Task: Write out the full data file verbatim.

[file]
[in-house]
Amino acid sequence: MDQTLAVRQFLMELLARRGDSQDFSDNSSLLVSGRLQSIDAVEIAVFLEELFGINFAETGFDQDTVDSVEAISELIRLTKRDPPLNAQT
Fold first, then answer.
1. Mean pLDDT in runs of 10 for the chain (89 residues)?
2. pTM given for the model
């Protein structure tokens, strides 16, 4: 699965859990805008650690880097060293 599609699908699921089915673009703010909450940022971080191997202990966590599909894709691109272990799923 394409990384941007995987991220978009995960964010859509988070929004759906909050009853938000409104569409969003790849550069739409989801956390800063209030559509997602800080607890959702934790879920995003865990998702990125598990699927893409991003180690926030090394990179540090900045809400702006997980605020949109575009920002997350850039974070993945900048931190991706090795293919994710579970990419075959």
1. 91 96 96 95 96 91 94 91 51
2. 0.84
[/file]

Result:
[in-house]
Amino acid sequence: MDQTLAVRQFLMELLARRGDSQDFSDNSSLLVSGRLQSIDAVEIAVFLEELFGINFAETGFDQDTVDSVEAISELIRLTKRDPPLNAQT
Fold first, then answer.
1. Mean pLDDT in runs of 10 for the chain (89 residues)?
2. pTM given for the model
């Protein structure tokens, strides 16, 4: 699965859990805008650690880097060293 599609699908699921089915673009703010909450940022971080191997202990966590599909894709691109272990799923 394409990384941007995987991220978009995960964010859509988070929004759906909050009853938000409104569409969003790849550069739409989801956390800063209030559509997602800080607890959702934790879920995003865990998702990125598990699927893409991003180690926030090394990179540090900045809400702006997980605020949109575009920002997350850039974070993945900048931190991706090795293919994710579970990419075959």
1. 91 96 96 95 96 91 94 91 51
2. 0.84